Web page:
I can now make it for $12 using all local, organic (Beecher’s is not organic in certification but is organic in practice), pastured chicken and home grown food. That represents purchased corn tortillas ($3), 1/3 roasted pastured chicken ($5), 1/4 pound Beechers ($2), home canned green tomato/chili sauce ($1), home cured olives ($.25), milk ($.75) and pennies for 2 tablespoons of flour, butter and odd spices. Not bad for a meal that feeds my family for several nights. You could make this even more frugal (shave off $2) by making the corn tortillas from scratch and omitting the olives since I recognize not everyone wants to cure their own olives. Also I buy local, raw milk which costs considerably more than buying organic dairy pool milk at the store so you could get this down even more by replacing the milk in this recipe (shave off another $.25 that way.)
That means what was costing $18 to make using highly processed ingredients of dubious quality and supporting food corporations I disagree with could cost $9.50 to make using all organic, local, pastured real foods. Granted it takes a little longer to make it this way but in all honesty if you are using leftover roast chicken and buying the tortillas it takes about 15 minutes to make the sauce – not too much longer than it takes to open, empty and rinse out all those cans for the recycling bin. You saved much longer than 15 minutes by not making a last minute trip to the store so you’ve got time to spare.
If you wanted to make this vegetarian you could easily replace the chicken with black or pinto beans but that would change the costs. Buying organic but non-local black beans would bring the cost down even further while buying organic local black beans might raise it.
Now on to the recipe…which is really a non-recipe. That allows you to use what you have in your freezer and pantry which is where things really get frugal. Cooking with what you have is lesson #1 in frugality.
Begin by making a white sauce. Melt 2 tablespoons of butter in a sauce pan. Add 2 tablespoons of flour and whisk until they are blended. Cook them for several minutes. The mixture will begin resembling mashed potatoes.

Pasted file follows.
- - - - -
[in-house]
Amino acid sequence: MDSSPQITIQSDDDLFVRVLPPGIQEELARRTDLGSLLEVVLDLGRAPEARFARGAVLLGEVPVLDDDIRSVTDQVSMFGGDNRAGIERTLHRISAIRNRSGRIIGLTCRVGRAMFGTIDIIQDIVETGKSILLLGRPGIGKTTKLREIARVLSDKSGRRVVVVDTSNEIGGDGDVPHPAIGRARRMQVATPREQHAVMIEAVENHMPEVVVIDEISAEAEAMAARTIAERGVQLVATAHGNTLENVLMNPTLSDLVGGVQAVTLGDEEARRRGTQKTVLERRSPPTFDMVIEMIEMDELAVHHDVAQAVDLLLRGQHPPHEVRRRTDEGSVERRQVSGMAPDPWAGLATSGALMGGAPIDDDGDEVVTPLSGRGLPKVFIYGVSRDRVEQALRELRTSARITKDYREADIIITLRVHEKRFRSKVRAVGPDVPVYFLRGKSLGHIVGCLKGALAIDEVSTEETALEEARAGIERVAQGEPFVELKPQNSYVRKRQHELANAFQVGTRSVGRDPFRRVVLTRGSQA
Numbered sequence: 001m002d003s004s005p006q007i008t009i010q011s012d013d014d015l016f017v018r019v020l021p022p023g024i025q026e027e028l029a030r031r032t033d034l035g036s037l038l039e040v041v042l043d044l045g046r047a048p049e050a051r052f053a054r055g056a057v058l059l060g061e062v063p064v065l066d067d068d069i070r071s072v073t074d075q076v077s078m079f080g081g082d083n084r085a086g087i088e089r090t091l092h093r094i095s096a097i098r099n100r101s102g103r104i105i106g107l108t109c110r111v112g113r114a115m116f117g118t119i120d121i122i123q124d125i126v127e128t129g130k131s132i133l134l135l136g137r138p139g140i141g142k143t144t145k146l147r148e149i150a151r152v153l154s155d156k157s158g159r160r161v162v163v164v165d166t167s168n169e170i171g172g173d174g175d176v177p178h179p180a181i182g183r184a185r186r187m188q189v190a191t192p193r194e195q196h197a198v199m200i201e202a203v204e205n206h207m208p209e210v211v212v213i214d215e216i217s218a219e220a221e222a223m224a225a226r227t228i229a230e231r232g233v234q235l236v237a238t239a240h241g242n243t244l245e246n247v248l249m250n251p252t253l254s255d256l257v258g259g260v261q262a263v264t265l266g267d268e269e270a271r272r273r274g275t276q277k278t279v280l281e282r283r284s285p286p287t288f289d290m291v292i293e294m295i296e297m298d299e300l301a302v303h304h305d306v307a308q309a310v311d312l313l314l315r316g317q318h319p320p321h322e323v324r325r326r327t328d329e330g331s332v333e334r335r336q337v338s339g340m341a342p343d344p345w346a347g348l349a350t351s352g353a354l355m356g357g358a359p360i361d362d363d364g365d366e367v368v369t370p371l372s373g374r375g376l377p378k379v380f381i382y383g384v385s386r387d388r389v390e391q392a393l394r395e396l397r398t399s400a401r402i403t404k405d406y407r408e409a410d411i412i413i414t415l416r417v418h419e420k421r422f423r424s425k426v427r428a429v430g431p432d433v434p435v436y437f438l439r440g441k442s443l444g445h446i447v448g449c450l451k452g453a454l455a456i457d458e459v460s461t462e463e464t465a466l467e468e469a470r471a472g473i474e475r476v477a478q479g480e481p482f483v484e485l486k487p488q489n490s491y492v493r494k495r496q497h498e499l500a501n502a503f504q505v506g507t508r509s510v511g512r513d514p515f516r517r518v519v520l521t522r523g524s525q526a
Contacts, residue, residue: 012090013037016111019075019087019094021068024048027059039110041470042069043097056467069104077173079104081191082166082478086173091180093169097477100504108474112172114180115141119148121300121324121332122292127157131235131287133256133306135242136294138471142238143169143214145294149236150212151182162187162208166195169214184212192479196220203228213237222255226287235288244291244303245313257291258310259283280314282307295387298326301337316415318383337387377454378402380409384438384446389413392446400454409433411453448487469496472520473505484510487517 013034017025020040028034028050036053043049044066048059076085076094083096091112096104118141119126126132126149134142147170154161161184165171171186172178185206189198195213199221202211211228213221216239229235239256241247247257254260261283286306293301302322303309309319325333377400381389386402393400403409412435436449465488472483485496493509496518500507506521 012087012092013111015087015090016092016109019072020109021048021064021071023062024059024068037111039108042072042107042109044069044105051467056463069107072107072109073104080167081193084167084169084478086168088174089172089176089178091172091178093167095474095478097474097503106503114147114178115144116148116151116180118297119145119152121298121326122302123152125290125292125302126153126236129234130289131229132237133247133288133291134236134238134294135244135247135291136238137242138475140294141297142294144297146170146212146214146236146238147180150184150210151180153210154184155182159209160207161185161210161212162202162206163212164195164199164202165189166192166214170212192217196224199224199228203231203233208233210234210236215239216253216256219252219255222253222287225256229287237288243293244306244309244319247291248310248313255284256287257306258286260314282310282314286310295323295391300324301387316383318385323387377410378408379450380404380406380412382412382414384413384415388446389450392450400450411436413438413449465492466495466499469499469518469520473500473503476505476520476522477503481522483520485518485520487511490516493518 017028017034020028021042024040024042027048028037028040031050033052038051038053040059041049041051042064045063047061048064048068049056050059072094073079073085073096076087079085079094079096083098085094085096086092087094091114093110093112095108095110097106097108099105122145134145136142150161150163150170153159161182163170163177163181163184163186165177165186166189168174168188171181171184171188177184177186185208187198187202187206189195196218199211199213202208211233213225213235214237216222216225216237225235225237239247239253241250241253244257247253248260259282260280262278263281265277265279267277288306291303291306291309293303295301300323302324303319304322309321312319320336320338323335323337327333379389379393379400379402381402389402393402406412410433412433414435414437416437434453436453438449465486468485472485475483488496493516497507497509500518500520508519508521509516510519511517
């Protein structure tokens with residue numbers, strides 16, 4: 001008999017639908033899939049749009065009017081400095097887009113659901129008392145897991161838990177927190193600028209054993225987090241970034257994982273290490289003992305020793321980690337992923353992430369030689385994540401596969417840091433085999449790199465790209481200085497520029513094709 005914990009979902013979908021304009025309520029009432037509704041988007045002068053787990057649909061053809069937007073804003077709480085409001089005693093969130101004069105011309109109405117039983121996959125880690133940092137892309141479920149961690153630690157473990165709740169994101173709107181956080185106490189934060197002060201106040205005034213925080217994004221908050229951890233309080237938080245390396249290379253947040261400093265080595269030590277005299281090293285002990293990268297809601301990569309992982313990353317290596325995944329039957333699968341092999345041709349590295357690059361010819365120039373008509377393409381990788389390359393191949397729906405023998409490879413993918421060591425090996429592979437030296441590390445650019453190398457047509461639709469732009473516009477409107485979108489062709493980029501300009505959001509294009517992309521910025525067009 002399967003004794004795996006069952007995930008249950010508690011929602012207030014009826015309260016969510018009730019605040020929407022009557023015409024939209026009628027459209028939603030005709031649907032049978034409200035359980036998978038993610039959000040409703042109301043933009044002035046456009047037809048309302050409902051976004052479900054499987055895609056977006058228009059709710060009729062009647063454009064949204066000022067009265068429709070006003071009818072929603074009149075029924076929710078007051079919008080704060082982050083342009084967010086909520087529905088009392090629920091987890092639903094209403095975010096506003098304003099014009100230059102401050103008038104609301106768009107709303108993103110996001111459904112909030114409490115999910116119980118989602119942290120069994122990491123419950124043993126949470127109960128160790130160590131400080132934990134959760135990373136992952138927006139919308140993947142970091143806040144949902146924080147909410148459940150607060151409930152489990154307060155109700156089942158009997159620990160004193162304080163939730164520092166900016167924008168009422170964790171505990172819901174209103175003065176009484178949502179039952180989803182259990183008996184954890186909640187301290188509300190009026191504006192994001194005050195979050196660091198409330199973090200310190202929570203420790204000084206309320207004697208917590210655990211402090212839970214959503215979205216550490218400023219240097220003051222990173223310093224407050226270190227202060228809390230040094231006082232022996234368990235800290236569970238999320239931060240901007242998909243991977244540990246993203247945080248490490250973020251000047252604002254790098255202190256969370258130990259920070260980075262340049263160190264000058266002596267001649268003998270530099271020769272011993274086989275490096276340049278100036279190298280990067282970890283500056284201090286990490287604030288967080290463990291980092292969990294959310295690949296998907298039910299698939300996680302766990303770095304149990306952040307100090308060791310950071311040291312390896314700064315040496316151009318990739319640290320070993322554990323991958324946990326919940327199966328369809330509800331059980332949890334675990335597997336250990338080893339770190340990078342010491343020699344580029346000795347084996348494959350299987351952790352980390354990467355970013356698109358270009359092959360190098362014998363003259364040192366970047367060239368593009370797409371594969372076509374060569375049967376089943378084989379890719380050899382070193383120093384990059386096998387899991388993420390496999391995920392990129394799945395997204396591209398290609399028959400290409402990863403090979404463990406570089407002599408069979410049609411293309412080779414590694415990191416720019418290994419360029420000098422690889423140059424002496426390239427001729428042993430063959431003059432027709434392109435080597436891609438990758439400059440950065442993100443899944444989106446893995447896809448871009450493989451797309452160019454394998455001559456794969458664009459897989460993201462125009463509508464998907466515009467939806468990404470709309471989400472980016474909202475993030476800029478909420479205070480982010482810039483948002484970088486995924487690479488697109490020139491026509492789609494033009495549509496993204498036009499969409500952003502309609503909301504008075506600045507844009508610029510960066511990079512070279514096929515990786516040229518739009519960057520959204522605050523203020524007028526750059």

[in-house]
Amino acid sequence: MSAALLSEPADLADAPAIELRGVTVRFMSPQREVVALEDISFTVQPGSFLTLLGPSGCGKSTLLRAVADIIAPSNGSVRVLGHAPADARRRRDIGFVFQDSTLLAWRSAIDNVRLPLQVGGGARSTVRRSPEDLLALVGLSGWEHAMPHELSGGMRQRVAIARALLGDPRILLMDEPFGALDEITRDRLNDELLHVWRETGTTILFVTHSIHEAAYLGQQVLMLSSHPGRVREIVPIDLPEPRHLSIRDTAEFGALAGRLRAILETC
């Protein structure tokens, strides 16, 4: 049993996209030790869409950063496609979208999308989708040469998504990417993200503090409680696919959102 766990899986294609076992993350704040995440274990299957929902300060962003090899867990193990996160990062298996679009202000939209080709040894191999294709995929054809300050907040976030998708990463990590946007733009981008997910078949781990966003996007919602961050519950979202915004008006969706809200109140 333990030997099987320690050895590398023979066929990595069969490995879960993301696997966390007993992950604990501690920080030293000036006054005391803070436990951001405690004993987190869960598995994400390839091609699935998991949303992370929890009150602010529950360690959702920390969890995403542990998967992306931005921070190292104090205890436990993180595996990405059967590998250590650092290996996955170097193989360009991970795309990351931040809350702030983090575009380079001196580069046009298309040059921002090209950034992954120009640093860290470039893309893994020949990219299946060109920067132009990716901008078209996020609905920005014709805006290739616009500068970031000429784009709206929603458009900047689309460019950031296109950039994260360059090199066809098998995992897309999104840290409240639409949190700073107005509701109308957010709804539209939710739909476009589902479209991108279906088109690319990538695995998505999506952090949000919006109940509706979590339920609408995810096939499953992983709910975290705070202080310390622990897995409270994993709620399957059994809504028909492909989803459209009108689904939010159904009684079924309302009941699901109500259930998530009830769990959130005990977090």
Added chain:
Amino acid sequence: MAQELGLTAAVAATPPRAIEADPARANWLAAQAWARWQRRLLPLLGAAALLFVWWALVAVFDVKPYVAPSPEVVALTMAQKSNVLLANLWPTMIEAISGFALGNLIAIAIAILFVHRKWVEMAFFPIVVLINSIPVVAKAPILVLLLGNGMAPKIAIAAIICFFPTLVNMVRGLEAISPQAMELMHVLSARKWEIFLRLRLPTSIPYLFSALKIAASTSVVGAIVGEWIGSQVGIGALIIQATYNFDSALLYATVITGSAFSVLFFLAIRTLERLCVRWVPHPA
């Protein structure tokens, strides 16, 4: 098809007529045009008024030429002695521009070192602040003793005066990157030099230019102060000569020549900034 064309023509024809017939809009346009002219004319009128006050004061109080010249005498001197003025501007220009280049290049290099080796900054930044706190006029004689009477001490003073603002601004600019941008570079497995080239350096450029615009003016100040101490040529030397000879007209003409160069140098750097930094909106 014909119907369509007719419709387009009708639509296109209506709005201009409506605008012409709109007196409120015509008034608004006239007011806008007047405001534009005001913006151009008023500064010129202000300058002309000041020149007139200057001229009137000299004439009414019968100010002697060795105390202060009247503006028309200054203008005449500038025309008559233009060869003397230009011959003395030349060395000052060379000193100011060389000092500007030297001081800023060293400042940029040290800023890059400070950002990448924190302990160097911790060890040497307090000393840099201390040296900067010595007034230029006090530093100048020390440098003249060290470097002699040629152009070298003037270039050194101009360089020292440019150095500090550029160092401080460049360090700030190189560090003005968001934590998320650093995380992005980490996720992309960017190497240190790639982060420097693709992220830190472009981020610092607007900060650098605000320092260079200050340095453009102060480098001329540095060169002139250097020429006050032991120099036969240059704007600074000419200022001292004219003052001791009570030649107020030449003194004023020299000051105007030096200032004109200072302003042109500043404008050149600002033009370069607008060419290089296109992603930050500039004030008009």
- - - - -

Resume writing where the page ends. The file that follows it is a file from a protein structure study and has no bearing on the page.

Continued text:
Add 2 cups of milk, whisking to smooth out the lumps and cook for about 10 minutes until the mixture begins to thicken. At that point you can add your spices – roast garlic or garlic powder, cumin, chili powder, oregano, grated cheese and/or home canned chilies or salsa to your taste.
Spread one layer of corn tortillas (or polenta) in a lasagna pan. Over that scatter your cubed or shredded chicken, any corn of other veggies (squeezed of excess water) from your freezer and about 2/3 of your sauce.
Cover that with another layer of corn tortillas or polenta. Top that with the remainder of your white sauce base and a generous layer of shredded sharp cheddar or other cheese. Queso fresco would be great here as well. I like to sprinkle chili powder or paprika on the top cheese layer because I like the added depth it gives to the cheese.
Bake in a 350 degree oven until the sauce begins to bubble and it’s warmed through, about 45 minutes. This is another of those casseroles that you could assemble the night before and pop into the oven day of, or it could be frozen in smaller sizes for a future convenience dinner.
How about you? Do you have any “can of” casseroles? I bet if you used this white sauce as the foundation to replace any of the creamed soups you could convert legacy recipes just like this. In fact, I’m thinking of going to the Rotelle website to get more casserole ideas for my green tomato chile sauce which I canned last summer and to the Cambpbell’s soup website to get more ideas for creamy casseroles like this since my family loves them.